Conversely, blinds on windows will shade the interior from any scorching summer sun keeping the whole room cool. You could also choose shutters. A fan – floor standing or ceiling (if height allows) – is another option. A mini-fridge is a favourite addition too.

    Then, of course, there’s the space itself. If, for example, it's a rehearsal room for a wannabe teenage dancer or music star, then any furniture needs to be movable. Sound insulation may also be a wise move. There are plenty of other ideas too: home offices, home gyms, craft studios, a beauty salon, a guest room, a movie entertainment room, a home-schooling classroom or a garden pub even. The only limit is your imagination.

    The best, the very best, log cabin interiors are personal. It doesn't matter what the style police are telling you to do. If you like shabby chic, then go with that. If you want Nordic clean line design, then crack on. If recycling everything floats your boat - obtained from a local boatyard and saved from a bonfire - then fantastic. Your log cabin is yours – so make it so.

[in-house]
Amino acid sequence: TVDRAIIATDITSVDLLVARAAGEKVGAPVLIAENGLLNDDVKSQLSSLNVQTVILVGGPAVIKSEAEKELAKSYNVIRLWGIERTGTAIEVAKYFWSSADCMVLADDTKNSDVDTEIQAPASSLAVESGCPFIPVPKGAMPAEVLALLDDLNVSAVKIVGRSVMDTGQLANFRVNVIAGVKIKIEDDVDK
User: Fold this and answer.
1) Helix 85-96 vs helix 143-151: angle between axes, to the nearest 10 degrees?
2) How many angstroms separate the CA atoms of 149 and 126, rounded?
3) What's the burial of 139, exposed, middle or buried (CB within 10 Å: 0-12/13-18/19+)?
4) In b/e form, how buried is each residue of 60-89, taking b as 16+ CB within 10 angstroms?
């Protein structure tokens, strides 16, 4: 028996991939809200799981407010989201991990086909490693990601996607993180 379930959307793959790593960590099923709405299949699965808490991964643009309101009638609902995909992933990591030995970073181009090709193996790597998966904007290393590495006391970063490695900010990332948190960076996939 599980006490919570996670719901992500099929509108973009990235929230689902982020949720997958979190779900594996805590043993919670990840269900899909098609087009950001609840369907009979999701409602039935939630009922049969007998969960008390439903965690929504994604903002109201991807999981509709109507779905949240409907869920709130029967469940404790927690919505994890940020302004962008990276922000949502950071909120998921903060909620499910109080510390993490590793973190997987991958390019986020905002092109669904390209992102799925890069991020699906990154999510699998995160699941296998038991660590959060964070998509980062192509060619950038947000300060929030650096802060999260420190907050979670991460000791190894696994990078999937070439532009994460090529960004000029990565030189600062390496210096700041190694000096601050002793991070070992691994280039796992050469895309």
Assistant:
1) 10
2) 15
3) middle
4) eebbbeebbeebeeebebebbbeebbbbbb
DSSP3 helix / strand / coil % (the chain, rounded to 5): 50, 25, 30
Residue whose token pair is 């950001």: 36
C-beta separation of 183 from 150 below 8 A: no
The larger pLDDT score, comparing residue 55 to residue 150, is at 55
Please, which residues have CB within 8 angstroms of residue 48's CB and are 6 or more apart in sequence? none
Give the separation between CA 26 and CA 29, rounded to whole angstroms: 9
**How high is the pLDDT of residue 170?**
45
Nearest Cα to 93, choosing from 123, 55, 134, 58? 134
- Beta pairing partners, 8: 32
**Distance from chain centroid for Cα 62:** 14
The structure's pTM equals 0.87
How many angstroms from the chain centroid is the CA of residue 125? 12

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  3. Shed base options

    It is false economy to plonk a brand new shed directly on the soil. It is inevitable that the soil will move, causing the shed to tip, slope and slant. The door won't open or shut correctly and, if made of wood, water will ingress causing premature rotting. You need a shed base and it’s best to do it before your shed goes down.

    Bearers are the name of the game for many people. They are pressure treated, pieces of wood (or bearers!) that do sit directly on the soil. The shed is then placed onto the bearers and usually bolted down. That slight gap beneath the floor allows air circulation that in turn results in a long-lasting floor. The bearers support the shed.